“While I was happy to be given such an honor, my elder brother Archdeacon William Thompson died after fighting for his life for three weeks in the Intensive Care Unit after he was brutally attacked in his church. It was great, but it was also depressing knowing that my family and I would have to bury him a week later.
Although we were trying to be happy about the ordination, it (burying his brother) is something I will not forget.”
Throughout his five decades in the pulpit, the Bishop has experienced many happy moments including a 47-year marriage to Olga Louise Major, the birth and successes of his children and grandchildren, the achievements of the parishes he has ministered to, and the many opportunities he’s been able to experience, including the many people he has been able to impact.
For most people it would not be an easy feat dedicating your life to God and the service of mankind as fully as Bishop Thompson has done in the past 50 years, but in his eyes, life could not be more fulfilling than the one he has led. Although officially retired, he still works regularly in the Diocesan office, and visits a different parish every Sunday. He believes if he can be of service he will always try to do so. And continuing his work even beyond what is required of him is what life is about for Bishop Thompson who says he can’t remember a day when it wasn’t.
In fact, he recalls from a young age that there was nothing he wanted to do more than to become a priest. Growing up in a strong Baptist and Anglican family and always being surrounded by ministers, there was not a moment of hesitation in his decision to prepare himself to enter seminary school upon graduation from St. John’s College. What made his journey as a priest more special was that it was one he walked with is elder brother, the late Archdeacon William Thompson, who also chose to become a priest in the Anglican Church.
“Being a priest was always something my brother and I saw ourselves doing. Our grandmother even took us to the priest of our church when we were young and told him that we would become priests when we got older. Spirituality and religion were always topics in our household because everyone was deeply set in their faith, so it was almost second nature when we both went into the priesthood. So really and truly there was no ‘road to Damascus experience’ that got me in this field. But it was a long path in which many individuals, family members, the church and even our community supported us on this path. There were no sudden changes in my life that led me to become a priest. It was something I always wanted to do.”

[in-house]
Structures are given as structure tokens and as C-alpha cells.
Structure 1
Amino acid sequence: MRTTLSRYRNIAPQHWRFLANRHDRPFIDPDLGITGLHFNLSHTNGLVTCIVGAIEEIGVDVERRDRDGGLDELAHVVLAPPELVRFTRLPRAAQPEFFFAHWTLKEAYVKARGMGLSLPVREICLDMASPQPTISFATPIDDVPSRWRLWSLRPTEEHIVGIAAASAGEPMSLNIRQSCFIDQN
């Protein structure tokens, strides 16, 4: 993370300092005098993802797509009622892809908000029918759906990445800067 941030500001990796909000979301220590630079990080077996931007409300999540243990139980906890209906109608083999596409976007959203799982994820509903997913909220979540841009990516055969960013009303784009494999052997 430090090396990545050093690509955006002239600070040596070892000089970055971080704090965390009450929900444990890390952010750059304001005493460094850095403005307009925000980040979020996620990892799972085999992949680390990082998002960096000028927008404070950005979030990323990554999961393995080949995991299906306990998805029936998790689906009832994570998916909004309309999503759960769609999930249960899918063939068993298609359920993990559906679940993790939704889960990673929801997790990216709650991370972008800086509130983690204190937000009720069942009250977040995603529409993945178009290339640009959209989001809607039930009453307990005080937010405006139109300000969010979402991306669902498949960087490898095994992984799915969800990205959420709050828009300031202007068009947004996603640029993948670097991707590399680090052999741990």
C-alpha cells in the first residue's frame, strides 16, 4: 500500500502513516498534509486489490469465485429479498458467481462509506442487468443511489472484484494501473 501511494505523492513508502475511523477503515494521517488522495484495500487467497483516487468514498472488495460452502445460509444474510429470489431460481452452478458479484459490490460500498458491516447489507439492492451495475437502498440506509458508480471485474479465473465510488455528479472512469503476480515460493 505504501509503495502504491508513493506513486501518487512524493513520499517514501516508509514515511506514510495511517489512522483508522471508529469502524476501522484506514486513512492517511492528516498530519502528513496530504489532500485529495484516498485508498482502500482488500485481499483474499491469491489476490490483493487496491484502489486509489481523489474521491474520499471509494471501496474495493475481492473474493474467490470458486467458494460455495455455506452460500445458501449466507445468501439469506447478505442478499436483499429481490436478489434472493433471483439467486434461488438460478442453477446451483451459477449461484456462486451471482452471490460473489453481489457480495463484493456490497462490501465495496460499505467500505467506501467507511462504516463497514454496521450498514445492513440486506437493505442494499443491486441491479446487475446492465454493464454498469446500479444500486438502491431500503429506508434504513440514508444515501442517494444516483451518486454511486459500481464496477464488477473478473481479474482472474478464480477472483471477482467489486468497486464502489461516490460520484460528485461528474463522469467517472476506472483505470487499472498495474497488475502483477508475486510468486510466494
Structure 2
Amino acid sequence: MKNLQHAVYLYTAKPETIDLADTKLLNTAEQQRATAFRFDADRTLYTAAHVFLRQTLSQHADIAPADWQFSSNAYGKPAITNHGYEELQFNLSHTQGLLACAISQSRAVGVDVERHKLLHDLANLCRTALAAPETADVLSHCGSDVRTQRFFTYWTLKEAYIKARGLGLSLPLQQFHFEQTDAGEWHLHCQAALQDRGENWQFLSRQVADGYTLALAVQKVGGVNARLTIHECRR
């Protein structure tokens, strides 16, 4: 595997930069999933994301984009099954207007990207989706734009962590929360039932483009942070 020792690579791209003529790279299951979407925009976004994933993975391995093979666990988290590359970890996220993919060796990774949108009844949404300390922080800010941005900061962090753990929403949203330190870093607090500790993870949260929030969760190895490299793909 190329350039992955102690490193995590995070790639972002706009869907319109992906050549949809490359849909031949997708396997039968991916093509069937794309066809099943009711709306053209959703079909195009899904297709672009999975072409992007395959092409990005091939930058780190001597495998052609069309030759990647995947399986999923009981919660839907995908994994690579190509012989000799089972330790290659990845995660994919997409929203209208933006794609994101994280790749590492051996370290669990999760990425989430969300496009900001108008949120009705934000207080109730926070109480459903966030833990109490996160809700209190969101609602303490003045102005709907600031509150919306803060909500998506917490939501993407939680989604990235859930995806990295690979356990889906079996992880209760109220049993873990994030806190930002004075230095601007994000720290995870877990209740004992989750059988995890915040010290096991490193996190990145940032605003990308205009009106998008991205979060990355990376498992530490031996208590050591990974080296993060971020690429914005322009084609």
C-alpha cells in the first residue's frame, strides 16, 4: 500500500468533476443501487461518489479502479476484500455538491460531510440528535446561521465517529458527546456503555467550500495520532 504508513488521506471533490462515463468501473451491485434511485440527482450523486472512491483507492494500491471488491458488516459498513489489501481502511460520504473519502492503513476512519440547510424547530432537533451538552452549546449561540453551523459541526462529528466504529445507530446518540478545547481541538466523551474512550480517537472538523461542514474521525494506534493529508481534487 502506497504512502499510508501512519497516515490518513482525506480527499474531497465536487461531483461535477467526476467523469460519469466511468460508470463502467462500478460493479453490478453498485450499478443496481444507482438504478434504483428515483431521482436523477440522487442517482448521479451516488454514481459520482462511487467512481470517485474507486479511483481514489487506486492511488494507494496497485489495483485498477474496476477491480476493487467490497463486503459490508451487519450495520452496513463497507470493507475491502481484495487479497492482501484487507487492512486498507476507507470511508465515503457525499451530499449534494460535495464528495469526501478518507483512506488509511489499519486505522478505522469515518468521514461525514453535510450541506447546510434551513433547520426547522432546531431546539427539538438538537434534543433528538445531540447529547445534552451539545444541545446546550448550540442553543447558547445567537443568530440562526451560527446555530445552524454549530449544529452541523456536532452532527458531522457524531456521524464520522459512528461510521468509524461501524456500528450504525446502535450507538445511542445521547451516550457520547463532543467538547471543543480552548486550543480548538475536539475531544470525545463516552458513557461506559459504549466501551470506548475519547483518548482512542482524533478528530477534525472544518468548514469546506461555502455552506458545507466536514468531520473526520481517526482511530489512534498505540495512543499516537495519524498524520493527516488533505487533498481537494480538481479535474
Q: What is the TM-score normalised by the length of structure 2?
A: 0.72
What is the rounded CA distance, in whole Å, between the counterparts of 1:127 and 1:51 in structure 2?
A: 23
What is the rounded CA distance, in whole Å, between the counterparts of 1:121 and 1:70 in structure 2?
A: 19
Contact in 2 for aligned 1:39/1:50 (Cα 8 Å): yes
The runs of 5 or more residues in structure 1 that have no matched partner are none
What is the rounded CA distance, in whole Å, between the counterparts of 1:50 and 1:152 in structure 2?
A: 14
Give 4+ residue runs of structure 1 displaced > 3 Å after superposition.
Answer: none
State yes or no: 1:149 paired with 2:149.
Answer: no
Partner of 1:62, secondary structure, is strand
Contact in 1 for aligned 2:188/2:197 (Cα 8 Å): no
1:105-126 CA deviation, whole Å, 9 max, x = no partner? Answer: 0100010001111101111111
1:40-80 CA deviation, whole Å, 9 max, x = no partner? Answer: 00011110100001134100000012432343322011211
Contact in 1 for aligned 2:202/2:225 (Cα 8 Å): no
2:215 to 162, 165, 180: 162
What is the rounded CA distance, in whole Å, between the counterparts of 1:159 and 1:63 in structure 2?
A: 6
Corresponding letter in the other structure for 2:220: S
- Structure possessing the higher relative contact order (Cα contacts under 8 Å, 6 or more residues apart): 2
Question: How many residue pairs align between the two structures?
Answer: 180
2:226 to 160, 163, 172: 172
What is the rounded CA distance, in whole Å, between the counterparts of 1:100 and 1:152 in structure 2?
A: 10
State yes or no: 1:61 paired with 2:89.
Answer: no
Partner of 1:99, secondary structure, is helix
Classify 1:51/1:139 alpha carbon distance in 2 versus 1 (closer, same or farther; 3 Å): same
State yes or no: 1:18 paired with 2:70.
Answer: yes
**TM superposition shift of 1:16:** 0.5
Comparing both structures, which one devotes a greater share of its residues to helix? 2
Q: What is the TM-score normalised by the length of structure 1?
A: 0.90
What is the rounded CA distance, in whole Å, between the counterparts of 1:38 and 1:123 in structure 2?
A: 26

As he looks to the future the priest says people take for granted what they have today, but he says it was not always as free and unsegregated as it is now, and that many things have changed and to him, it has all been for the better in spite of the increase in crime and violence.
Prior to testing his vocation to the priesthood, Bishop Thompson was an educator, and served as headmaster of the Victoria Point School in Andros from 1955 to 1956. He was a justice of the peace, member of council for the College of The Bahamas, chairman of the Anglican Central Advisory Council for Education (1985 – 1995); member of the public disclosure committee, member of Southern Library board (1972 – 1990); a member of Nassau Library board; national chaplain of the Girls Brigade Council (1972 – 2008); lecturer at Templeton Theological Seminary, Teacher at St. John’s College and chaplain to the Senate (2007).
In appreciation for his service to the church and community, he was honored by Queen Elizabeth II, and named as a companion of the distinguished order of St. Michael and St. George.
Bishop Thompson is the author of Instructions for Anglicans, and is currently writing the History of the Anglican Diocese of The Bahamas and The Turks and Caicos Islands.